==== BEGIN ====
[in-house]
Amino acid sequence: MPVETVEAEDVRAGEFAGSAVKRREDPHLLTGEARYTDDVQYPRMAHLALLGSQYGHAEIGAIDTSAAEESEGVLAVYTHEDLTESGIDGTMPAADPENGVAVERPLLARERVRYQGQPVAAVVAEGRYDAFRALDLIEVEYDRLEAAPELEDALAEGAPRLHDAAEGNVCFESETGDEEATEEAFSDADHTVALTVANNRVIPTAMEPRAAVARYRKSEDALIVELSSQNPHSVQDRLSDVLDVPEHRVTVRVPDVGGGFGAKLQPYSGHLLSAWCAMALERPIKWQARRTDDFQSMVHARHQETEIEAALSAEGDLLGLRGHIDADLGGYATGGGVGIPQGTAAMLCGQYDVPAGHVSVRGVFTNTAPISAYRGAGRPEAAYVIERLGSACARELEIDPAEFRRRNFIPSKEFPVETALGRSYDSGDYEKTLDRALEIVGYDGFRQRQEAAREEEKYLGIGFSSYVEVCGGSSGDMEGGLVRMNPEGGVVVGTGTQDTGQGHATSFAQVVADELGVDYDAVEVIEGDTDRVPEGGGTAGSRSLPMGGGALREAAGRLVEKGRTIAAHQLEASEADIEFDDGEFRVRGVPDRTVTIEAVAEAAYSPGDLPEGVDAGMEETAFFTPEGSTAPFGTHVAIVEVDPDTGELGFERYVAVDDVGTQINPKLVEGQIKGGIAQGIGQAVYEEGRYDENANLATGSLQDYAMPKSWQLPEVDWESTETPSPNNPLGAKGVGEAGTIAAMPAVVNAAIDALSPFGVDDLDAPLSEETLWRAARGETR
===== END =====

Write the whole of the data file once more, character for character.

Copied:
[in-house]
Amino acid sequence: MPVETVEAEDVRAGEFAGSAVKRREDPHLLTGEARYTDDVQYPRMAHLALLGSQYGHAEIGAIDTSAAEESEGVLAVYTHEDLTESGIDGTMPAADPENGVAVERPLLARERVRYQGQPVAAVVAEGRYDAFRALDLIEVEYDRLEAAPELEDALAEGAPRLHDAAEGNVCFESETGDEEATEEAFSDADHTVALTVANNRVIPTAMEPRAAVARYRKSEDALIVELSSQNPHSVQDRLSDVLDVPEHRVTVRVPDVGGGFGAKLQPYSGHLLSAWCAMALERPIKWQARRTDDFQSMVHARHQETEIEAALSAEGDLLGLRGHIDADLGGYATGGGVGIPQGTAAMLCGQYDVPAGHVSVRGVFTNTAPISAYRGAGRPEAAYVIERLGSACARELEIDPAEFRRRNFIPSKEFPVETALGRSYDSGDYEKTLDRALEIVGYDGFRQRQEAAREEEKYLGIGFSSYVEVCGGSSGDMEGGLVRMNPEGGVVVGTGTQDTGQGHATSFAQVVADELGVDYDAVEVIEGDTDRVPEGGGTAGSRSLPMGGGALREAAGRLVEKGRTIAAHQLEASEADIEFDDGEFRVRGVPDRTVTIEAVAEAAYSPGDLPEGVDAGMEETAFFTPEGSTAPFGTHVAIVEVDPDTGELGFERYVAVDDVGTQINPKLVEGQIKGGIAQGIGQAVYEEGRYDENANLATGSLQDYAMPKSWQLPEVDWESTETPSPNNPLGAKGVGEAGTIAAMPAVVNAAIDALSPFGVDDLDAPLSEETLWRAARGETR